Truepill, a digital pharmacy that enables health care organizations to deliver prescriptions directly to customers’ doors, has raised $25 million in a series B round of funding.
The U.S. prescription drug market is a $400 billion industry, and as with most other sectors, there has been a concerted push to “digitize” it. Amazon entered the pharmaceutical sphere in a big way back in 2018 when it snapped up online pharmacy PillPack, but Truepill is taking a different approach with a largely business-to-business (B2B) offering.
Founded in 2016, Truepill offers a number of services for pharmaceutical manufacturers, insurance providers, and health brands, including pharmacy fulfillment that delivers medication to people’s homes. Its suite of APIs serve up “programmatic” access to its online pharmacy, with brands able to customize the packaging themselves. Truepill operates five pharmacies across the U.S., two in California and one each in New York, Washington, and Texas, as well as a U.K. pharmacy in Manchester. The company said it plans to open in more locations “soon.”
Truepill had previously raised $13.4 million, and with another $25 million in the bank it’s now well financed to expand into new areas — including telehealth. Alongside today’s funding announcement, the company launched Truepill Health, which will connect 9,000 U.S. physicians with patients through real-time video.
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“We are now able to provide customers with access to a U.S-based network of licensed providers who can diagnose, treat, and prescribe across 50 states,” Umar Afridi, Truepill cofounder and CEO, told VentureBeat. “In talking to our customers, the need for an integrated telehealth solution was clear. Customers would say, ‘we’re ready for you to fill our prescriptions — now we just need to get our physician network in place.’ The delay could go on for months as they navigated the complexity involved in setting up their network. Truepill Health was a natural evolution for us, combining our flexible pharmacy infrastructure and API-connected technology with a provider network.”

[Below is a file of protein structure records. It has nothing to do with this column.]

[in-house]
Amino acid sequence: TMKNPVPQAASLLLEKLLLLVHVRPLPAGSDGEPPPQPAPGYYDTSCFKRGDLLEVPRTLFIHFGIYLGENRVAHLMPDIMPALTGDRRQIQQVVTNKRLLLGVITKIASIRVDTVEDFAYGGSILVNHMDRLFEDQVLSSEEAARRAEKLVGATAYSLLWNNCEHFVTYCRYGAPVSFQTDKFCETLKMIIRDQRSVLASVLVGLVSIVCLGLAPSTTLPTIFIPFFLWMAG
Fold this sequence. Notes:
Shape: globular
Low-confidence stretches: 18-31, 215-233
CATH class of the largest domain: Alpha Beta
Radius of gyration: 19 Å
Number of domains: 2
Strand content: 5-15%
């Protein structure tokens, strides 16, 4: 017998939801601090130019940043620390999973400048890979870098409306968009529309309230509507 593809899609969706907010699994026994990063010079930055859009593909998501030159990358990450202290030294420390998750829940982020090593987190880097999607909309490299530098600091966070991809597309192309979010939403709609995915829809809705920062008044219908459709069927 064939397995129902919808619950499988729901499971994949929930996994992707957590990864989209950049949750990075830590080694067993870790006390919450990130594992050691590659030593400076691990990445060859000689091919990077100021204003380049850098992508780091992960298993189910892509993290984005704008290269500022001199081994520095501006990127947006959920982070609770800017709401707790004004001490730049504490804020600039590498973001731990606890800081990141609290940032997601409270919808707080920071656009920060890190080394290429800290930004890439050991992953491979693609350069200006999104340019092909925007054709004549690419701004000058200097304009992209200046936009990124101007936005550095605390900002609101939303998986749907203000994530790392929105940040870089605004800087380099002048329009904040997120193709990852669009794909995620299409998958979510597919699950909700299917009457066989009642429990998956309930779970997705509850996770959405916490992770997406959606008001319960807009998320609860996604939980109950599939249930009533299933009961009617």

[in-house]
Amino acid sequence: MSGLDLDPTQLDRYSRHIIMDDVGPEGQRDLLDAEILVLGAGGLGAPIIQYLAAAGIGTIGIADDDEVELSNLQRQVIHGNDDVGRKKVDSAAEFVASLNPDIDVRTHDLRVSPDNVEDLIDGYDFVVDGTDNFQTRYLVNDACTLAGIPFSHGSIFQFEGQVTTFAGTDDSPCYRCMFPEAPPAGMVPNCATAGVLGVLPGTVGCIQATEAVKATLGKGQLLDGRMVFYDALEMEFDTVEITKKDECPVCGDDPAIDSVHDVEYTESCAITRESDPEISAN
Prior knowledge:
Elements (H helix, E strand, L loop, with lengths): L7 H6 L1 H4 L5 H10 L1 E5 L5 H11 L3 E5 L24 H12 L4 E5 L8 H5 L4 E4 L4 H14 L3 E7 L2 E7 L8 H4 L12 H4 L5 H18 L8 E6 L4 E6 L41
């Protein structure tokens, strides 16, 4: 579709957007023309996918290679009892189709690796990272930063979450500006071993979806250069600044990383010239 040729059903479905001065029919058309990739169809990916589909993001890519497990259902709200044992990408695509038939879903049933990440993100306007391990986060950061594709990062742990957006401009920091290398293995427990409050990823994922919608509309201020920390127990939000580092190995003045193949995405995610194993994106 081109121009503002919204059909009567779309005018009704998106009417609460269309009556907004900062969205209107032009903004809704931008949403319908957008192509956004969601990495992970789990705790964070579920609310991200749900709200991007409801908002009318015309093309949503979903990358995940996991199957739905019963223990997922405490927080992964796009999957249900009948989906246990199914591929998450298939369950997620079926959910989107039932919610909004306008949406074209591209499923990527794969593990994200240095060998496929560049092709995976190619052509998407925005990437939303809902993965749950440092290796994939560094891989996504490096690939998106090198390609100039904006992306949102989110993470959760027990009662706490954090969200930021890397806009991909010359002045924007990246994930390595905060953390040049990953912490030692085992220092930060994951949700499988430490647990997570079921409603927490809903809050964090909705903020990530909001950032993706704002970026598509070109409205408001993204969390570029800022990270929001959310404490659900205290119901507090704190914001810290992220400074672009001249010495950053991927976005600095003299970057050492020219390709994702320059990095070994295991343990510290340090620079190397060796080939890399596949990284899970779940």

The company also built a electronic medical record (EMR) system specifically with telehealth in mind, to “ensure a seamless experience,” as Afridi puts it.
The series B round of funding, which includes TI Platform Fund, Optum Ventures, Initialized Capital, and Sound Ventures as investors, was already in the works before the COVID-19 crisis unfolded. However, the financing has proved to be crucial as Truepill has sought to meet the growing demand for its services during the pandemic.
“The funding has been essential in helping us scale our infrastructure and meet the surge in demand that we’ve seen due to COVID-19,” Afridi explained. “To quantify, the last 3 months we’ve seen record volume in prescriptions filled, with each month better than the last.”
In a rare disclosure of finances for a young private company, Afridi said that he’s projecting around $200 million in revenue this year, roughly double the figure on 2019.
While many industries have suffered due to COVID-19, it has been clear from these past few months that businesses that enable society to function “remotely” are flourishing, and that includes telemedicine.
In March alone, when much of the world started going into lockdown, virtual health consultations grew by 50%, according to Frost and Sullivan research, and general online medical visits are on course to hit 200 million this year — up from the 36 million anticipated before COVID-19. As such, a slew of telehealth startup have secured sizable investments these past few months, including Medici, which is like a WhatsApp for remote medical care, which raised $24 million. Meanwhile Tyto Care raised $50 million to grow its telehealth examination and diagnostic platform.
Microsoft CEO Satya Nadella recently said that COVID-19 had led to two years’ of digital transformation in just two months for his company, but for Truepill this acceleration has been even more pronounced according to Afridi.
“COVID catapulted the healthcare industry into the future,” he said. “The changes we’ve seen around telehealth over the last 3 months would have taken 5-10 years otherwise.”
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